Why US Real Estate Remains a Foreign Investor Favorite

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Despite the higher volatility that has embroiled financial markets in the US in the past few months following a calm 2017, foreign investors continue to pour money into the country’s commercial real estate (CRE) sector.

The CRE market has shown impressive resilience to changes in the broader economy and has long since established itself as a mammoth on the global stage. Even so, there is a question of why foreigners love to invest in the US’ CRE market at rates that far outstrip other major countries’ inflows.

The answer is multi-faceted, including a combination of factors internal to the US economy and the real estate market itself, along with external factors that have driven investors to look for better opportunities.

Internally, the stability in the real estate sector and the significant returns every dollar provides make the market highly attractive. Additionally, volatility in foreign real estate sectors — namely in places like Europe, where Brexit and general economic uncertainty damper optimism — continue to drive away investors in search of safer havens for their cash.

The Appeal of the US CRE Market

The US remains the world’s largest recipient of foreign investment across asset classes. More than $450 billion flowed into the country from cross-border sources in 2016, and a significant percentage of that came through the real estate market.

The global CRE sector is estimated to be worth just under $70 trillion, and the US makes up 45%, or nearly $30 trillion in terms of investment opportunity. One of the largest reasons, despite the growing volatility in equity markets, is the relative stability of the US economy.

On one hand, the US market exhibits high liquidity to accompany sentiment that remains largely positive, despite recent economic and political developments. This is appealing to investors in countries that may have more restrictive or limited markets, and especially for those looking for a safe-haven investment to hedge their portfolios or funds. This liquidity is also the product of market stability.

The US, for instance, has interest rates that have been steadily on the rise for the past two years. Compared to other major markets that have dipped into negative rates, the US presents a valuable and reliable return on investment.

As investors and funds continue to allocate greater portions of their portfolios to real estate, the US real estate market represents a highly liquid and low-risk asset class. With modern portfolios generally allocating 10 to 20% to real estate investments, the US market is simply the most liquid and stable.

Additionally, relatively recent changes to regulations have liberated the market somewhat for foreign cash. FIRPTA (The Foreign Investment in Real Property Tax Act) which expanded the size of investments foreigners can make, as well as exempting real estate assets held by foreign pension funds from being taxed by FIRPTA at all.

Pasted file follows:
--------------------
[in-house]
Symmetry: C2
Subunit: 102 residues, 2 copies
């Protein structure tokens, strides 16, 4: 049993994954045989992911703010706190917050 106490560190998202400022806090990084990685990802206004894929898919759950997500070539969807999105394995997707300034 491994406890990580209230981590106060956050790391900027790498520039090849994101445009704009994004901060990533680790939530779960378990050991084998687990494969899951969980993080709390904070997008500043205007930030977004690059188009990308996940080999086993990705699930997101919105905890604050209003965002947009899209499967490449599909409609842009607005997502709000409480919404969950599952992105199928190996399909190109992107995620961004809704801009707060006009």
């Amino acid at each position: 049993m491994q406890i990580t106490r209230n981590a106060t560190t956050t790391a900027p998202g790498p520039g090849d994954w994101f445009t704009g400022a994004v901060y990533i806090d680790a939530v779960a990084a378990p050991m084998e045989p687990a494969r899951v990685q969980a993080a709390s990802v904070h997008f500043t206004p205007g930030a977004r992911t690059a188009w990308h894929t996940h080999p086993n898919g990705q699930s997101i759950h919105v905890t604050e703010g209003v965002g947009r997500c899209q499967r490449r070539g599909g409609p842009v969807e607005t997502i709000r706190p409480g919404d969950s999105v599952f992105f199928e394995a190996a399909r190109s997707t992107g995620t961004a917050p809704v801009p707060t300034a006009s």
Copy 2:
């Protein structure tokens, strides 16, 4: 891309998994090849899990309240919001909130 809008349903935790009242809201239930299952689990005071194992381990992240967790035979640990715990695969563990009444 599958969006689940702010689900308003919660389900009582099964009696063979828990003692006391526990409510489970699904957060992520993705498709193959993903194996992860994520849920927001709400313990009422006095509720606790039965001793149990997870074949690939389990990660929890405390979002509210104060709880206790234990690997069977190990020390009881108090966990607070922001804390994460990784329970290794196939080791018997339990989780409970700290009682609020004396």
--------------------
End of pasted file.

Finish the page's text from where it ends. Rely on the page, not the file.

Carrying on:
This is not to say foreign investors have a clear path to purchasing CRE assets; cross-border investments still face important challenges that must be considered before participating in the market.

On the other hand, foreign investors may be faced with either highly restrictive or uncertain investment environments at home, leading to a palpable need to diversify outside their borders. In Europe, for instance, ongoing financial turmoil has made investing in real estate in the continent less than a sure bet.

From economic growth that has remained relatively stagnant to the uncertainty still looming due to the UK’s impending exit from the Union, the continent’s real estate markets appear more unstable by comparison. Indeed, the UK remains one of the largest sources of CRE investment in US markets.

In other countries, more restrictive laws relating to property ownership, capital limits, and other factors lead investors to look for ways to off-shore their cash and assets.

This is clearly evidenced by China’s furious pace of investing in American real estate, which made up nearly 17% of all foreign CRE purchases in 2016.

CRE’s Popularity Will Continue To Soar

Regardless of how the political situation in the US evolves, real estate should remain fairly insulated and thus still attractive to foreign investors. The market’s liquidity and friendly regulatory environment make it a prime spot for foreign investors, and the numbers largely support this thesis.

As investors continue to experience double digit returns and low volatility alongside continually improving technology that delivers better access to foreigners, the commercial real estate market will remain a dominant destination for foreign direct investments and overseas portfolios.

About: Slice is set out to solve some of the most pressing problems international investors face when wanting to invest in US commercial real estate: access, cost, lack of transparency, and lack of liquidity. To learn more about how Slice is going to tackle these problems, download our white paper (link below) or visit us at slice.market.

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